Thoughts: The first all-girls camp opened in Maine in 1902.  Later that same year, Camp Kehonka in Wolfeboro, New Hampshire opened its cabin doors.  Boys camps had been running since the mid 1800s, but when the director of Camp Kehonka welcomed “her” girls to camp and allowed them to run about the site in bloomers, the neighbors were scandalized!  Imagine!  There they were, in broad daylight, in their undies!   

The first boys’ camps, way back then in the 1870s and 1880s, were all about parents’ beliefs that “roughing” it would build the kind of character boys would need in the increasingly competitive urban, industrialized world.  One early boys’ camp director warned that humanity would “die of indoorness” if boys didn’t get out into the wilderness.  (These days most of us know exactly how that feels!)

But girls?  Well….in that same time period, girls growing up in wealthy families were all about learning the life of a Victorian woman.  Yes…there were corsets, cumbersome gowns to be worn, lavish hair styles to create, preserve and protect!  Certainly those girls would Not benefit from a rustic experience in the outdoors.  Their roles as “decorative objects” in American elite families was indoors and prescribed!  At the same time, lower class girls (and boys) were too often at work in the factories of the time and would never have imagined time at a summer camp in the woods.

And then….in the early 1900s, girls got a break!  Cities became increasingly unpleasant, and retreats in the country became more popular.  Those of you who have visited  Newport, Rhode Island’s “summer cottages” for the wealthy, know about the grounds on which these American “castles” sat.  Girls began to play croquet, to sail a bit, and slowly, fashion changed and so did the culture about how girls could relate to the outdoors.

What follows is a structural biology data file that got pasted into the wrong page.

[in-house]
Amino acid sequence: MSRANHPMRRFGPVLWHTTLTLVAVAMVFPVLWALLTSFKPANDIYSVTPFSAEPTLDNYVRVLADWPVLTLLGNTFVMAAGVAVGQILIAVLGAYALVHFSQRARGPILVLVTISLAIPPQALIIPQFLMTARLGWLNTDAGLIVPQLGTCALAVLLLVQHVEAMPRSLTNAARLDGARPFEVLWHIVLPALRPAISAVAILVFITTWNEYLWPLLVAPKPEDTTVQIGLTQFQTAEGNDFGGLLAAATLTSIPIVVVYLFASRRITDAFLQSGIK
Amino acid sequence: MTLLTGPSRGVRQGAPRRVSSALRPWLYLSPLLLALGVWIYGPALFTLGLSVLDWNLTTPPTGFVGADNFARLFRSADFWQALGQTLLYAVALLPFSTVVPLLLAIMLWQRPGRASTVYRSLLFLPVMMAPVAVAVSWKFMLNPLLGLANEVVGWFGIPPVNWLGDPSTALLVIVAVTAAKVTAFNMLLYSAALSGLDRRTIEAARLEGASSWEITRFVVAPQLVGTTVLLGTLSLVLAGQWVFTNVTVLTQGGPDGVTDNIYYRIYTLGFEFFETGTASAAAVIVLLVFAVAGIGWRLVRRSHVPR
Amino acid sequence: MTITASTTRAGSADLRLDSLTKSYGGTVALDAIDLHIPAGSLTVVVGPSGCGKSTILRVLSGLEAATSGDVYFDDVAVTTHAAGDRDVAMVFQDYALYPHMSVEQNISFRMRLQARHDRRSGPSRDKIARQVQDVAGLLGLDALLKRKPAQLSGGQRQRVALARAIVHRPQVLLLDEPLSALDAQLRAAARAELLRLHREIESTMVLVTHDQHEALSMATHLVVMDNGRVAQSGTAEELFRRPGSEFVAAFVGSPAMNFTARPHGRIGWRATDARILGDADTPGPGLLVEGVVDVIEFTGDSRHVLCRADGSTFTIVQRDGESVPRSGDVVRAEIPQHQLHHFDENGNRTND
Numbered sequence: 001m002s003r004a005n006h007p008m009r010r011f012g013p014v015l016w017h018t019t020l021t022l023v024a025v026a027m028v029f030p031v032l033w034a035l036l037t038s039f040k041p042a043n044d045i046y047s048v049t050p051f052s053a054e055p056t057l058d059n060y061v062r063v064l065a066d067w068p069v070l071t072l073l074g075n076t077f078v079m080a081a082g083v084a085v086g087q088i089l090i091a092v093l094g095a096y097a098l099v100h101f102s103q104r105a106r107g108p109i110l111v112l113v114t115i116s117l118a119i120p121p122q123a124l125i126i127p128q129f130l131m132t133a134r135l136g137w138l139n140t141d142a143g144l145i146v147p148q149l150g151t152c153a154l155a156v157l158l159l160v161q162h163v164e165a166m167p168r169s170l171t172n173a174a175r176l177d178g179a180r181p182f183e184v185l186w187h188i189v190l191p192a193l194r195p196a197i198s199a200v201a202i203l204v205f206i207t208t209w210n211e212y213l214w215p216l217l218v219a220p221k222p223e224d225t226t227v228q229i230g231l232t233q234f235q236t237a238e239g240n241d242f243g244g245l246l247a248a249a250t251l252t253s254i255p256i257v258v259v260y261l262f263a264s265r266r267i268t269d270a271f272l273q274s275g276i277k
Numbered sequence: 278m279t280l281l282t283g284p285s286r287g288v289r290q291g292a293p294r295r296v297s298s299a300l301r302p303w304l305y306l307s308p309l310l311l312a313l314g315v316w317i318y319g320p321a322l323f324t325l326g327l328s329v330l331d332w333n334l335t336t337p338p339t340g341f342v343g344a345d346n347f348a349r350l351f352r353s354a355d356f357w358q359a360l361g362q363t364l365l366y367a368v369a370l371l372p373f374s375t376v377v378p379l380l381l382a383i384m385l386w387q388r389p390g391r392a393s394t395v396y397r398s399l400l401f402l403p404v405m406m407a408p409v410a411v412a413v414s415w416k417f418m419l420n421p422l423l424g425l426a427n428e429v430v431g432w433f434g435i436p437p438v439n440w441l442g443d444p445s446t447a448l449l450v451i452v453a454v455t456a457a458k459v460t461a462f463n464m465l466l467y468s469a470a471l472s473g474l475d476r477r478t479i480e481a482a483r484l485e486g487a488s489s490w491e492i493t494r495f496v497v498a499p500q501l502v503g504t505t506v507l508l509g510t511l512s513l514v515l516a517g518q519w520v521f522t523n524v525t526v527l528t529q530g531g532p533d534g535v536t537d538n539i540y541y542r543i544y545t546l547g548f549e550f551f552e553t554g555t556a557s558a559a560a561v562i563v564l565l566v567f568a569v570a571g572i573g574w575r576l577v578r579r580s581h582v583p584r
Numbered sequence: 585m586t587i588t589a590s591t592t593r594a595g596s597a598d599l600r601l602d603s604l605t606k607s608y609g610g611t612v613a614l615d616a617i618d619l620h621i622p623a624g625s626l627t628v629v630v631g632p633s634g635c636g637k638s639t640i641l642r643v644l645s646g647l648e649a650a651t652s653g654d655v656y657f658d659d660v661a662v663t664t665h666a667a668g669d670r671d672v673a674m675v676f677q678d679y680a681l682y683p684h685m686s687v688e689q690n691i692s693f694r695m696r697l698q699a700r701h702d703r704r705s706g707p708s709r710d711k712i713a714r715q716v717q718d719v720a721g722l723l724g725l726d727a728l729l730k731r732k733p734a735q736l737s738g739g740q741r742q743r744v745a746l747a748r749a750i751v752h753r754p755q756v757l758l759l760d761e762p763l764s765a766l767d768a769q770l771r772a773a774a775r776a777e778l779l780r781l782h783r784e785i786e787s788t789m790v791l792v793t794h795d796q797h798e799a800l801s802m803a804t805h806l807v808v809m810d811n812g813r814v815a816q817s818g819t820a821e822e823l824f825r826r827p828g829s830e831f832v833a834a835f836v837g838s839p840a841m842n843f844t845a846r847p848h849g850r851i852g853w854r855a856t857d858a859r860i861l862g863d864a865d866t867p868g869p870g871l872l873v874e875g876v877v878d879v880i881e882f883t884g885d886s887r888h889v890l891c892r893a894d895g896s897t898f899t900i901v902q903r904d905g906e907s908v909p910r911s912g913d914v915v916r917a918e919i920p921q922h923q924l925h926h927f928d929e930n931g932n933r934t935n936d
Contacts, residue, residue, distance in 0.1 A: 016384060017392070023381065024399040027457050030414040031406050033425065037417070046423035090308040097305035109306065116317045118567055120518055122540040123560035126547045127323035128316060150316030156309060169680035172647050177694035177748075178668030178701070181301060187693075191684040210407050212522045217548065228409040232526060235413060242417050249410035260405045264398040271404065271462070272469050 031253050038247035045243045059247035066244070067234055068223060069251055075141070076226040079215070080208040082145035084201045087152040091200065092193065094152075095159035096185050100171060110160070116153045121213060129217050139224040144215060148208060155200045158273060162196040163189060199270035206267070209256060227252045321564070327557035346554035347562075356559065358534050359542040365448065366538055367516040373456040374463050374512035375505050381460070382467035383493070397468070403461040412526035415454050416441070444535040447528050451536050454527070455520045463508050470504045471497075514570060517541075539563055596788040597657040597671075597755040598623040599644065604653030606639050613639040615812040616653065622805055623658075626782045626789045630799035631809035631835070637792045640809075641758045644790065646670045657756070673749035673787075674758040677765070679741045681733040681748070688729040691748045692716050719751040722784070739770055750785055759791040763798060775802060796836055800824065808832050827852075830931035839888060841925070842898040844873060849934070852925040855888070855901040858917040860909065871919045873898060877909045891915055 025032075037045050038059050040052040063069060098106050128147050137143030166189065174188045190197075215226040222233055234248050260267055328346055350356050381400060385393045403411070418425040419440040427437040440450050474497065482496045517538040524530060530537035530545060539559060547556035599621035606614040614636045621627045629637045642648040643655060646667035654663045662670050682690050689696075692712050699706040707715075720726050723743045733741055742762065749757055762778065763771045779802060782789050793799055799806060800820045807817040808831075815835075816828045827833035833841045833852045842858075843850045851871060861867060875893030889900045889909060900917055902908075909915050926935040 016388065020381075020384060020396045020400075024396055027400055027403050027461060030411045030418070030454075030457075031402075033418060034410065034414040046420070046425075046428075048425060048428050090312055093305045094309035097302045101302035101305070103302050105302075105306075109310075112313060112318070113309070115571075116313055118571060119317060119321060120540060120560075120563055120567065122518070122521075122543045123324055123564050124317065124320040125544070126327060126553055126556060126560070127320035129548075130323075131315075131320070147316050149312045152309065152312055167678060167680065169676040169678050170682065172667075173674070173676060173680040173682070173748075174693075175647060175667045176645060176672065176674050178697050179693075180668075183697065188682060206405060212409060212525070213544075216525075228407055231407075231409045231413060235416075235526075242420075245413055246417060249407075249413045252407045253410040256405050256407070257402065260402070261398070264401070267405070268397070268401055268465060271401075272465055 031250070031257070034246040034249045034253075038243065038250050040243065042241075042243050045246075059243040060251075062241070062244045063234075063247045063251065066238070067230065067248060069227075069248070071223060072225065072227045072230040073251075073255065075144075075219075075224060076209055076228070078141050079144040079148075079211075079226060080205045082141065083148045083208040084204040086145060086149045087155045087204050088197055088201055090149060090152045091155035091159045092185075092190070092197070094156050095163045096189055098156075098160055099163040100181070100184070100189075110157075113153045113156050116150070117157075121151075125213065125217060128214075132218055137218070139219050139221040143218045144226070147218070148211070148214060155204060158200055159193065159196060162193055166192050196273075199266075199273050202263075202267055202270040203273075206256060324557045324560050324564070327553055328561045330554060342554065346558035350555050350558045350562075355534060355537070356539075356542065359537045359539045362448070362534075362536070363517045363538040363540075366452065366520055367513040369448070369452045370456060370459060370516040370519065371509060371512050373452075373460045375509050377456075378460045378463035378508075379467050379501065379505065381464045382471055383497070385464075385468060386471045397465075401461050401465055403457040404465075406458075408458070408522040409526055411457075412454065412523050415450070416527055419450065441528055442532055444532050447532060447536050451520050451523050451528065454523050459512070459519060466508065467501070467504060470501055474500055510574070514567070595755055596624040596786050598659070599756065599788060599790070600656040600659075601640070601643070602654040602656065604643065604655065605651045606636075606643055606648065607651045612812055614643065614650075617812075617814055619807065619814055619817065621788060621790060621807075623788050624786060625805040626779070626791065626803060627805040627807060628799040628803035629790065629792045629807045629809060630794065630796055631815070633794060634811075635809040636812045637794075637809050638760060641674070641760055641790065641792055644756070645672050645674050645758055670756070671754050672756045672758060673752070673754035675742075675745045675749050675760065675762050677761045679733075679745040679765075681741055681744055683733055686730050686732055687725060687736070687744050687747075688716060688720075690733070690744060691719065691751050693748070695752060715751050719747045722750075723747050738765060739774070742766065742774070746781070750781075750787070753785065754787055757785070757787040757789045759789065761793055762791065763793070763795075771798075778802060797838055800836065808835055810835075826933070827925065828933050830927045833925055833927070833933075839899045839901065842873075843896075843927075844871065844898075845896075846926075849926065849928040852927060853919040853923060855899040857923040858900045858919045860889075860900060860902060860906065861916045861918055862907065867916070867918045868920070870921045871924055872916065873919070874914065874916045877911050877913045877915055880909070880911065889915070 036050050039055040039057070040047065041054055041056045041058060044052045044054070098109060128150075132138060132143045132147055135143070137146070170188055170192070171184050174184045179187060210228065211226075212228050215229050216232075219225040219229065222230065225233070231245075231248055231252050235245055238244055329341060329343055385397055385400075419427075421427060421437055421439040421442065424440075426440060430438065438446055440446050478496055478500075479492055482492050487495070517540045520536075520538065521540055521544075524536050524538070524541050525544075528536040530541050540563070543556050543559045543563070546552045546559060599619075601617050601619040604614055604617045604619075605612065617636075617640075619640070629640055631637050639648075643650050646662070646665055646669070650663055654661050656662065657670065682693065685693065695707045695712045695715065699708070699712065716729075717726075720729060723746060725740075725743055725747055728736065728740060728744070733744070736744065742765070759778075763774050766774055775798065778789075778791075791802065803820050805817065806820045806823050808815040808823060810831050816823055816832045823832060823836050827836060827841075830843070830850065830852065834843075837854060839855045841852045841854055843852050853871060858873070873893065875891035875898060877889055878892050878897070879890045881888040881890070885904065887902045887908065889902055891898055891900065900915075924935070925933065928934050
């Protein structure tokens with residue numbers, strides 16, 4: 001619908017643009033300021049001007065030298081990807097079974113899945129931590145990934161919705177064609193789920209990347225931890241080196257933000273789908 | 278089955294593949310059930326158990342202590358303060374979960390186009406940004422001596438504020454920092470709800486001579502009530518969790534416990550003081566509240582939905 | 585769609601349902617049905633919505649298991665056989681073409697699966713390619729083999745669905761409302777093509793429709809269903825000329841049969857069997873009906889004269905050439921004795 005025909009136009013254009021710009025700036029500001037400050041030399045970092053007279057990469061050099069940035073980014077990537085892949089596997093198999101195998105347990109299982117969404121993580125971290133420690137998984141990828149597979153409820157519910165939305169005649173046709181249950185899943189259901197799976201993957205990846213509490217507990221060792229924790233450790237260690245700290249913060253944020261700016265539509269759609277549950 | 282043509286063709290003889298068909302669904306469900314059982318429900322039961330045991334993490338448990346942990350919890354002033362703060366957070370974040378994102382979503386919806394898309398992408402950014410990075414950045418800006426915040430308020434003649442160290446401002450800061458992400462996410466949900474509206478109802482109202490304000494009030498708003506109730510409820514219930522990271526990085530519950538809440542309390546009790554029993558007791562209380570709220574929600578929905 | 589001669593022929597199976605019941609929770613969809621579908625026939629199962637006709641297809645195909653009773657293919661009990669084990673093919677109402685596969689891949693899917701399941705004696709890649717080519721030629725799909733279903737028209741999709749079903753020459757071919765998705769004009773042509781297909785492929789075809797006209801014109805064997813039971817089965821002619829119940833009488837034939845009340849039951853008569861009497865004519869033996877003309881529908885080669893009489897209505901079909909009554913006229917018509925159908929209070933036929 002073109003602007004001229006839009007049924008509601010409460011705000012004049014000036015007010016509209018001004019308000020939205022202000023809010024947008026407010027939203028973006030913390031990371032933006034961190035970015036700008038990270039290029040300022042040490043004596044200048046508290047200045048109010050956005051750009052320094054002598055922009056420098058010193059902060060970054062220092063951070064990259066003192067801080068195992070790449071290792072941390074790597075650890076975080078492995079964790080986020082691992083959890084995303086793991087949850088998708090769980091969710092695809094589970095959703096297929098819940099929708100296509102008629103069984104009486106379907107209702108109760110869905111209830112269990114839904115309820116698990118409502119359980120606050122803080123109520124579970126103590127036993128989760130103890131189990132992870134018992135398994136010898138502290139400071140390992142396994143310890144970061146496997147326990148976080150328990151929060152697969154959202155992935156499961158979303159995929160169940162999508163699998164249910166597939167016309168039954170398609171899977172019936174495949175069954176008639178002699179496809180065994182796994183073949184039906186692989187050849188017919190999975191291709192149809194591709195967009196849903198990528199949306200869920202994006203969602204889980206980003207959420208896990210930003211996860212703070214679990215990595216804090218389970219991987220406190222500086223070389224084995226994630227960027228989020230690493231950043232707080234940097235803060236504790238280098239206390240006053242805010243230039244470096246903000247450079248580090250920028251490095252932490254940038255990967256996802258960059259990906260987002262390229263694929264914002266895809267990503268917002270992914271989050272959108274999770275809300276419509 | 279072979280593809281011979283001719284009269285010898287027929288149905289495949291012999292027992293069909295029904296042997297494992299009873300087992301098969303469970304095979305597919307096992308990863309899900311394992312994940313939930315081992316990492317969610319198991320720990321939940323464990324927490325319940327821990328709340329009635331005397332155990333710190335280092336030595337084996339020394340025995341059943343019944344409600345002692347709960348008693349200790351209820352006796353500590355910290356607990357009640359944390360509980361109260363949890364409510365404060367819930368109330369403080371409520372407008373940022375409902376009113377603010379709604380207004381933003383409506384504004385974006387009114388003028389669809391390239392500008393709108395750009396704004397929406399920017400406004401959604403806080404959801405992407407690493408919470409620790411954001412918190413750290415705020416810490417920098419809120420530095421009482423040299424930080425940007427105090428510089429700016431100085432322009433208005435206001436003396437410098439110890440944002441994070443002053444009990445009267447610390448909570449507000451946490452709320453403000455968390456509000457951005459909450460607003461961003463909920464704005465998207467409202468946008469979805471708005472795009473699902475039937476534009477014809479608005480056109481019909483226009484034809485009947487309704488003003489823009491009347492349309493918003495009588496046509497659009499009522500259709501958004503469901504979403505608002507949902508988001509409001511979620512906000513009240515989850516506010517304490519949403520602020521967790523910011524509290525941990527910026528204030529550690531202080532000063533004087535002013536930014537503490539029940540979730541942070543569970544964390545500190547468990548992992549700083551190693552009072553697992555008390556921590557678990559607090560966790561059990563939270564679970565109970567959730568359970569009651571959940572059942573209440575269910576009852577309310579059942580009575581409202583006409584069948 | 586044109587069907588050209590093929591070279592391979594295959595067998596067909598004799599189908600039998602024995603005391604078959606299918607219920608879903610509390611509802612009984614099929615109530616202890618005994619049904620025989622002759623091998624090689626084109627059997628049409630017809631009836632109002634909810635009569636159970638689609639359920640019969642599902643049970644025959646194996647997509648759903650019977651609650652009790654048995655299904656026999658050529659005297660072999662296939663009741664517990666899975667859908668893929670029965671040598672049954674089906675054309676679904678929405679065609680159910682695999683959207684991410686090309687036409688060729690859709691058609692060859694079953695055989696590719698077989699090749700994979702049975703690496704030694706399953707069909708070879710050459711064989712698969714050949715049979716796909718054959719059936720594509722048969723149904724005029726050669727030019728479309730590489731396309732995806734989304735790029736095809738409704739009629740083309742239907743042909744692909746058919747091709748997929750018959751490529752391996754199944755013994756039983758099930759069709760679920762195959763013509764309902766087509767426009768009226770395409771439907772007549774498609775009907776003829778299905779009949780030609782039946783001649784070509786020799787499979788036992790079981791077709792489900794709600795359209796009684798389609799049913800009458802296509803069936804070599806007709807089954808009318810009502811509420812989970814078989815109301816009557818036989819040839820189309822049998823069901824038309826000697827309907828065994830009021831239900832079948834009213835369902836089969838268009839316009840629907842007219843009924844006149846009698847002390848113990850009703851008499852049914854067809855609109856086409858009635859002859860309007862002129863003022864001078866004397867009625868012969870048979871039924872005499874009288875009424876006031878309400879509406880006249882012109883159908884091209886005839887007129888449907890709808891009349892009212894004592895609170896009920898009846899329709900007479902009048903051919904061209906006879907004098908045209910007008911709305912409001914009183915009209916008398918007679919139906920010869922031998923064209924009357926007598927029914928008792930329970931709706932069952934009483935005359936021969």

Within the first ten years of the new century, thousands of girls, mostly from the upper classes, were sent to camp to become physical stronger, healthier, and often, to cultivate their artistic skills.  But that was only the beginning!

Here’s what Laurie Susan Kahn explains in her book about sleepaway camps and their development:

“These early camps were laboratories for a passionate group of men and women, mostly educators in the North-east, who envisioned that a love of nature and simplicity, as well as the values of loyalty, integrity, and respect, would be more easily inculcated in a beautiful environment where time was marked by sparkling mornings and lovelier sunsets.  Determined to make their dreams real, these camp pioneers looked at first to the mountains and lakes of New England and the Adirondacks….Before long, however, other camp leaders were turning their vision south and west so that children everywhere could experience the magic that was camp.”

Camp caught on!  In the early 1920s, Sangamon’s founders, Leone and Eleanor Smith, moved north to Vermont from their Massachusetts roots.  Leone had been hired to start a boys’ club in the little town of Pittsford.  Apparently the Pittsford boys had been too aimless and need a rigorous focus to get them moving!  Leone began the boys’ club, and on one of the group’s outings, came across the old farmstead that would become Camp Sangamon. The land and farmhouse were purchased, and within a very short period of time, there were boys on site helping to build the cabins, helping to repurpose the farmhouse into a lodge, helping to put some kind of a dock into Burr Pond for regular swims.